Resolving the rules of insolvency—Re Kingstons Investments Ltd

Resolving the rules of insolvency—Re Kingstons Investments Ltd

In what ways has Re Kingstons Investments Ltd shed light on long-standing ambiguities in the Insolvency Rules 1986? Jamie Riley, commercial litigator at 11 Stone Buildings, explores the case and explains why the final decision will be so important for insolvency lawyers.

Original news

Re Kingstons Investments Ltd (in Creditors’ Voluntary Liquidation); subnom Adlon Ltd v Sale (as Liquidator of Kingstons Investments Ltd) and another [2015] EWHC 1619 (Ch), [2015] All ER (D) 122 (Jun)

The proceedings concerned a company in creditors’ voluntary liquidation.

The applicant creditor of the company applied for an order, under rule 4.70(2) of the Insolvency Rules 1986, SI 1986/1925 (IR 1986), varying or setting aside the decision of the first respondent liquidator and chairman at a meeting of the company’s creditors to admit the applicant as a creditor for voting purposes for a lower sum than the applicant contended should have been admitted, with the result that a resolution for the appointment of a joint administrator was defeated.

The Companies Court, in allowing the application, held that the first respondent liquidator had erred in treating a liquidated claim (the moiety) as an unliquidated claim and in the application of the rules. The moiety claim was a provable debt under the rules and the applicant had, on the evidence, established its claim. It had not been open to the respondents to use a sum by way of set off against the moiety claim.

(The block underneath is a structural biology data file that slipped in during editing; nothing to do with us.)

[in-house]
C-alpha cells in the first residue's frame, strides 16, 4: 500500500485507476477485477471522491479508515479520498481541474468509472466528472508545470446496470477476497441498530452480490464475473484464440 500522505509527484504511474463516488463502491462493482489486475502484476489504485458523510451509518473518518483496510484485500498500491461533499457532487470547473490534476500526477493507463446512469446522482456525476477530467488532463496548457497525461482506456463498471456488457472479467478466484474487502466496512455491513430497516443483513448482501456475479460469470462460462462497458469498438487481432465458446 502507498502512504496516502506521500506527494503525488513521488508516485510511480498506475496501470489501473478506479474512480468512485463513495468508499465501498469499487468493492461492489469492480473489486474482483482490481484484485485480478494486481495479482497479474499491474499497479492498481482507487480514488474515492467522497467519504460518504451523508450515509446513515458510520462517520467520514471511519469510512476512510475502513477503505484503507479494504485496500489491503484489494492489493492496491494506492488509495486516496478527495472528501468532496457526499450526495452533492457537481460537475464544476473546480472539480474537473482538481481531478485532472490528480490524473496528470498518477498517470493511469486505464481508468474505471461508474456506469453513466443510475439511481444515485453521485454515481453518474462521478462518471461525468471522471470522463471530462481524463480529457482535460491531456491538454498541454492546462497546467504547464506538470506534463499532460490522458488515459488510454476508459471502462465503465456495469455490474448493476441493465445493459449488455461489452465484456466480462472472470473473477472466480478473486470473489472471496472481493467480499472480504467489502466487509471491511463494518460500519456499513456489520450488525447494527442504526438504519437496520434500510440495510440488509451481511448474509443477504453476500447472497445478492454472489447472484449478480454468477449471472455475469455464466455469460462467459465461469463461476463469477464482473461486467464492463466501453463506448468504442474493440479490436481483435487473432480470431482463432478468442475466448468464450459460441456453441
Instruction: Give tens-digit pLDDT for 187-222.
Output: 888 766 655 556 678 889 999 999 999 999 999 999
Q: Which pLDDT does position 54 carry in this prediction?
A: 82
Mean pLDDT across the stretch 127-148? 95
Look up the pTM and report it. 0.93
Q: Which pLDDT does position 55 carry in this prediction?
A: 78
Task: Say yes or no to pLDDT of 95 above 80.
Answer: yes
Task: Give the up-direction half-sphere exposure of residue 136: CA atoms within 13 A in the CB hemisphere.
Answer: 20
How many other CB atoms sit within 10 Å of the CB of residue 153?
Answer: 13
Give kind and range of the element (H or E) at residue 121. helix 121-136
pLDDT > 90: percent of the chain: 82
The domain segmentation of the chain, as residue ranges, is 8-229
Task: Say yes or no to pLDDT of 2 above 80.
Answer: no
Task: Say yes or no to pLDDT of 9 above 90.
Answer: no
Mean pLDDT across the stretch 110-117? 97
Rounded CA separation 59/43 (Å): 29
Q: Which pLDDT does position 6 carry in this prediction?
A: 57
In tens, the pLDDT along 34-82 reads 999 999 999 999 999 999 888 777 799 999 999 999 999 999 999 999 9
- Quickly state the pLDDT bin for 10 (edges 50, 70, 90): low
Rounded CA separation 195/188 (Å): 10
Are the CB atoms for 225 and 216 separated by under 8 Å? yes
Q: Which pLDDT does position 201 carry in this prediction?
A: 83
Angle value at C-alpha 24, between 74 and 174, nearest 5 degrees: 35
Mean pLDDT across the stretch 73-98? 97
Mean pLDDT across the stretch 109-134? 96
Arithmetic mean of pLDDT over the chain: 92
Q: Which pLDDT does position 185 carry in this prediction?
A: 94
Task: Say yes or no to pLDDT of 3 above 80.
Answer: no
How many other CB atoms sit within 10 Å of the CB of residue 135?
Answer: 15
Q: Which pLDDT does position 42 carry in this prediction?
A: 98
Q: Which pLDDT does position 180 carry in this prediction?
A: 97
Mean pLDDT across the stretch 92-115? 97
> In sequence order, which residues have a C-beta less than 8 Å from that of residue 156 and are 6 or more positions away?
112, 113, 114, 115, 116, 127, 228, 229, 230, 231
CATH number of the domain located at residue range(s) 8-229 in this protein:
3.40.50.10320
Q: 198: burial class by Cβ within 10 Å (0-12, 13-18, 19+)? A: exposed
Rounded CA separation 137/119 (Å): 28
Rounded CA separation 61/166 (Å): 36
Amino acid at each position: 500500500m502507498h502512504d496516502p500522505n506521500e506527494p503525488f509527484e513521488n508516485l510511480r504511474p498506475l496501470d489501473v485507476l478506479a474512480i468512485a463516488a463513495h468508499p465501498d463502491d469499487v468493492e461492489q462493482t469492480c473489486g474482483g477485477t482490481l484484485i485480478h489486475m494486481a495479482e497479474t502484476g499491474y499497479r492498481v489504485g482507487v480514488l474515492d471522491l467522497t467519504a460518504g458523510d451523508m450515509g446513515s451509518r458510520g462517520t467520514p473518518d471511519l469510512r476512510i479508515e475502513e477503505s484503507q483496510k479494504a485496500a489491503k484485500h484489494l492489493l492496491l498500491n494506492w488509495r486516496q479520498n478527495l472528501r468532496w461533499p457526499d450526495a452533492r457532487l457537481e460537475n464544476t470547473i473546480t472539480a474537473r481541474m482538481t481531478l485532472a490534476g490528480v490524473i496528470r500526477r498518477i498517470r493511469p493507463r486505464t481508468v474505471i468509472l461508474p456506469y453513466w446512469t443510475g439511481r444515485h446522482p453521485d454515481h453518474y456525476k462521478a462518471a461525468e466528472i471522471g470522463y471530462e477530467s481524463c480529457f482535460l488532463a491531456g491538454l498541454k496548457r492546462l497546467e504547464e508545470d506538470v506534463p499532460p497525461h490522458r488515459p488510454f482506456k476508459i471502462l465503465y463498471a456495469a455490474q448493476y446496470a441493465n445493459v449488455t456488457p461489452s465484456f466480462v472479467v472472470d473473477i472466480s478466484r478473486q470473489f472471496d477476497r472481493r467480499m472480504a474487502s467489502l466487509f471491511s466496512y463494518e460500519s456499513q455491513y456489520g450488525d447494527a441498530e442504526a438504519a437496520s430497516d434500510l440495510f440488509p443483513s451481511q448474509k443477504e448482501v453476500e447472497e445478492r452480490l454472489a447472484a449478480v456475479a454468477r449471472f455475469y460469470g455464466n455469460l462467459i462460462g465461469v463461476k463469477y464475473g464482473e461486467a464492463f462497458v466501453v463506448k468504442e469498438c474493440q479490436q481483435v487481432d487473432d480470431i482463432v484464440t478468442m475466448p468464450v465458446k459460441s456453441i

What were the facts of the case?

The applicant, Adlon, is a construction contractor that entered into a joint contract tribunal (JCT) contract with Kingstons Investments Ltd (the company) for the design and construction of a commercial and residential development. A dispute arose between the parties when the company defaulted in making interim payments in respect of certified sums following practical completion. The matter was referred to adjudication, by which time most of the development had

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About the author:

Stephen qualified as a solicitor in 2005 and joined the Restructuring and Insolvency team at Lexis®PSL in September 2014 from Shoosmiths LLP, where he was a senior associate in the restructuring and insolvency team.

Primarily focused on contentious and advisory corporate and personal insolvency work, Stephen’s experience includes acting for office-holders on a wide range of issues, including appointments, investigations and the recovery and realisation of assets (including antecedent transaction claims), and for creditors in respect of the impact on them of the insolvency of debtors and counterparties.